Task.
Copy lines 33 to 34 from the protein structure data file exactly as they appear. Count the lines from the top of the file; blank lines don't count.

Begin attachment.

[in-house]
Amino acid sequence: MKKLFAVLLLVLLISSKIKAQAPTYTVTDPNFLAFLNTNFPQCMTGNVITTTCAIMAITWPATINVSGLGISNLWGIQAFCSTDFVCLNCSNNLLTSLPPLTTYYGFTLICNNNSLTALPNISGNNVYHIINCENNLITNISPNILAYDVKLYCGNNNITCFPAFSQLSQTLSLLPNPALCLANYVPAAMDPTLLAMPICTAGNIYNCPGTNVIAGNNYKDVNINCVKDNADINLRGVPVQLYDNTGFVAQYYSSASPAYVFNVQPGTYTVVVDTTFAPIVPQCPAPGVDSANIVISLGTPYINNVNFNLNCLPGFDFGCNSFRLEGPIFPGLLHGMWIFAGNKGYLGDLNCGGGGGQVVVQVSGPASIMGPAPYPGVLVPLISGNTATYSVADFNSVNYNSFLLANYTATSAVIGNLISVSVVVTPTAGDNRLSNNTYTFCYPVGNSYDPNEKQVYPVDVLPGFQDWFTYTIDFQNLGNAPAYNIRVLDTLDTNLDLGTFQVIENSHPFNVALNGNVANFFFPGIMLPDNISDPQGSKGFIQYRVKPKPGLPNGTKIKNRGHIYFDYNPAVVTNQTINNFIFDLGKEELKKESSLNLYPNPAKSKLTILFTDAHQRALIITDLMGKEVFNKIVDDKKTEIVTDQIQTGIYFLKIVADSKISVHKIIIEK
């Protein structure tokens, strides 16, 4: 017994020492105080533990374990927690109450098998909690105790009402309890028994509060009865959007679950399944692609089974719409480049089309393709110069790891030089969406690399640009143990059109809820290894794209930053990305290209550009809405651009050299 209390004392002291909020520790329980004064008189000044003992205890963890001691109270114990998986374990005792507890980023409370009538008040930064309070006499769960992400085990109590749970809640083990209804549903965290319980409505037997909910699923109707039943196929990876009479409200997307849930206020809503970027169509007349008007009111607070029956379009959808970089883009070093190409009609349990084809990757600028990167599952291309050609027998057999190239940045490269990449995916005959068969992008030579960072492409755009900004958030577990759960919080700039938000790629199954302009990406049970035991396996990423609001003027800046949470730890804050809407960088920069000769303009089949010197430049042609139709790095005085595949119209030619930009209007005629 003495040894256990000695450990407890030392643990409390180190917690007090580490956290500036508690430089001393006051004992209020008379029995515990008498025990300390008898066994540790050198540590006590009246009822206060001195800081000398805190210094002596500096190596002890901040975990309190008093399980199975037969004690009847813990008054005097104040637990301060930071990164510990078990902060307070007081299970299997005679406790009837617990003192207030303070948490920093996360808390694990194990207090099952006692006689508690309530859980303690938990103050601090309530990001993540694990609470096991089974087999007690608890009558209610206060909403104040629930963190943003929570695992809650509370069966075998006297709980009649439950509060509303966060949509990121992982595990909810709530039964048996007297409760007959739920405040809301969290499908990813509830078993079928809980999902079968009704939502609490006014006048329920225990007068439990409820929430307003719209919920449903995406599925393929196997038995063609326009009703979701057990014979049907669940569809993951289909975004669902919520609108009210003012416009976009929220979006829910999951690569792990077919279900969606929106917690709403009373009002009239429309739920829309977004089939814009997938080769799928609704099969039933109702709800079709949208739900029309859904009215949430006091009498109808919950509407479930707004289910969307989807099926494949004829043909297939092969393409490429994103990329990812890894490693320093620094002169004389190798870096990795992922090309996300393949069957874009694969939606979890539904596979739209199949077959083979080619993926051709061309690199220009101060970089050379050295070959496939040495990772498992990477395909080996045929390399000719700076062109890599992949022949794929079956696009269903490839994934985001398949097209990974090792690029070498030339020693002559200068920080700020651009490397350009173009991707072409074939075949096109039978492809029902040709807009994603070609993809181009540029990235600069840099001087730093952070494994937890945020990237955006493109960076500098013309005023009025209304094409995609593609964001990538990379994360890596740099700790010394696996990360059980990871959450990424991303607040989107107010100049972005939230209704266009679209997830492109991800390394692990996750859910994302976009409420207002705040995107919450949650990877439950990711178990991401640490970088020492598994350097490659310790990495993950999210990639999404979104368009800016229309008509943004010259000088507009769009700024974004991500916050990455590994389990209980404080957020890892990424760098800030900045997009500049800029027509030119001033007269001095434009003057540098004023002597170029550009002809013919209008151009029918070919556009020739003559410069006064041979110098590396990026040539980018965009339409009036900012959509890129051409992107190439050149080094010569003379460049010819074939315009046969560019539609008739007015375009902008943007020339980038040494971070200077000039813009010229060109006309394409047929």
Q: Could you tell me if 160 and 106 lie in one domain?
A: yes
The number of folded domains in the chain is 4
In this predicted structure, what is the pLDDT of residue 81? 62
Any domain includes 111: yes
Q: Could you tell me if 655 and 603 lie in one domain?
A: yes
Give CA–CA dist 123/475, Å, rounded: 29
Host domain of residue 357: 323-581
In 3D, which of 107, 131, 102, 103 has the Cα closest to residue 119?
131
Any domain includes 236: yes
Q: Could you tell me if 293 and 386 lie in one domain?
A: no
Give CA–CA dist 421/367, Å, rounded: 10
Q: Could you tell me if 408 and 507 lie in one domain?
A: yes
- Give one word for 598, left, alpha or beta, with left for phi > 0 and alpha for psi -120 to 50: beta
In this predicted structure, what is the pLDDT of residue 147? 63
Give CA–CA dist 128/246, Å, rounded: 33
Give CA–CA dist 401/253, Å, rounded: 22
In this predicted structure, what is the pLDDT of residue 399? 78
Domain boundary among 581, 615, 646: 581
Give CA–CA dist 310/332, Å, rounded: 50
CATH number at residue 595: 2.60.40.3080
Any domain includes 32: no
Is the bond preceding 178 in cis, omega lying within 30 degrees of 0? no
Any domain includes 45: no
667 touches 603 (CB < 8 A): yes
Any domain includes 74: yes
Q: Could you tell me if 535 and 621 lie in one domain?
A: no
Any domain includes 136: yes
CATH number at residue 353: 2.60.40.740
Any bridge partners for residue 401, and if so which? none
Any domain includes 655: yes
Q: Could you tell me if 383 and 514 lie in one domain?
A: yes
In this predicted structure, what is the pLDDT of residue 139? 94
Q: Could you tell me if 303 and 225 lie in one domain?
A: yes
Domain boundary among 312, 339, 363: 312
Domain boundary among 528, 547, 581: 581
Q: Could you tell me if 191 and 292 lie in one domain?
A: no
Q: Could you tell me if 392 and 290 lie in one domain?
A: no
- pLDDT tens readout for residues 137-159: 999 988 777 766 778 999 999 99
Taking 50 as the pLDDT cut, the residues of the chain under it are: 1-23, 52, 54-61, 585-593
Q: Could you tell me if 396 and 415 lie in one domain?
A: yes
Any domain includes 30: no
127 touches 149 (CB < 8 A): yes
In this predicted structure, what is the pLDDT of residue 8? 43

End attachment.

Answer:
Any domain includes 74: yes
Q: Could you tell me if 535 and 621 lie in one domain?